Despite the obvious differences, Venus has a surprising commonality with Earth in many ways, including its composition. It is also near its twin in size. A new study suggests that volcanic eruptions played a part in Venus’ transition from wet to dry.
Volcanoes are powerful planetary processes, fueled by the deep interior of the planets. These eruptions can have great effects on a planet’s climate, releasing large volumes of greenhouse gases and potentially contributing to a runaway greenhouse effect. Volcanoes can also influence oceans and cause feedback cycles. For example, on Earth, continent-size eruptions of lava have caused oceans to evaporate, which has contributed to mass extinctions.
Several massive volcanic eruptions may have contributed to Venus’ transition from wet to dry. Scientists have proposed that these eruptions were the catalyst for a runaway greenhouse effect, which caused Venus’ climate to change. However, they have not been able to witness smoking-gun proof of a live eruption. However, a recent study suggests that the chemical remnants found on Venus are from active volcanic eruptions on the surface. These findings are exciting because they offer a possible glimpse into the planet’s geological heart. The findings may also help scientists learn more about the planet’s climate and the role of volcanoes in it.
Besides volcanic eruptions, another key process is plate tectonics, which is a process by which plates dive into a superheated mantle. Plate tectonics also acts as a planetary thermostat, a process that can heat the planet’s surface and keep it from getting too cold. If there were continents on Venus, the oceans would have been filled with heat-trapping water vapor, which would have heated the atmosphere. If this happened, Venus’ climate would have changed dramatically. In turn, Venus would have lost water, leaving it hot, dry and unable to support life.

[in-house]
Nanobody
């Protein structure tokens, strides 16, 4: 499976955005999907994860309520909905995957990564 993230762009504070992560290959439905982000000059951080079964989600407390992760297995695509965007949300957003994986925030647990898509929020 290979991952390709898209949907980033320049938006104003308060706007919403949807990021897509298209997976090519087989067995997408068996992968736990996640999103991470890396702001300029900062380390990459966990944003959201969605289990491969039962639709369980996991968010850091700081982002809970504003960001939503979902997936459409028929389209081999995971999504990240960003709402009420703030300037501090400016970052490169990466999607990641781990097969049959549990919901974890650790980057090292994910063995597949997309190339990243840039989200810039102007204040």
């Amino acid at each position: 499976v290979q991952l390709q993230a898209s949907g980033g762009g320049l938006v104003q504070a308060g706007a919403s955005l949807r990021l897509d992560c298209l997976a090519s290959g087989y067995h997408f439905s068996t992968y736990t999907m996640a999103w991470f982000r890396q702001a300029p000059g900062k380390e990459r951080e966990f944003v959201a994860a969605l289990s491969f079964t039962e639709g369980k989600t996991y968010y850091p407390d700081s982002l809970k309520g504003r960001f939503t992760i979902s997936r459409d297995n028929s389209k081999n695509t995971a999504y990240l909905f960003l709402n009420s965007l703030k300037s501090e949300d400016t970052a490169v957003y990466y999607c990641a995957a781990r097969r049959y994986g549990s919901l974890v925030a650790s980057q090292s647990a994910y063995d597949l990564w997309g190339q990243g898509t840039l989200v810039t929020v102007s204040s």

Volcanoes and plate tectonics may have played a part in Venus’ climate change, but scientists do not know for certain what type of geology is responsible. In the past, scientists have pondered whether Venus has been resurfaced or resurfaced in parts. They have also speculated that there are pancake-like layers of lava in Venus’ atmosphere, known as tesserae. These layers could have been formed by a continent-size eruption of lava, but they are also possible remnants of ancient global volcanism.
The discovery of a large amount of Phosphine, a noxious gas, in Venus’s atmosphere has also been noted by scientists. Phosphine is formed when hydrogen phosphide, a phosphorous compound, reacts with a silicate rock. When these phosphide atoms are exposed to oxygen, they break down into phosphine. This phosphine then breaks down into hydrogen phosphide.
Another interesting fact is that Venus has a much higher surface pressure than Earth, nearly 90 times higher. This is a significant difference in pressure, as CO2 is highly absorbing at high pressure. In turn, CO2 gets trapped in tectonic plates, which can only be released when volcanism occurs.
The findings of this study, which was supported by the Sellers Exoplanet Environments Collaboration, suggest that volcanism is a key factor in Venus’s current climate change. In addition to the Phosphine discovery, scientists have also uncovered a “hot zone” of volcanic activity on Venus. This area has a temperature of 467.8 degrees Celsius, which is more than 10 times the temperature of the average surface on Earth.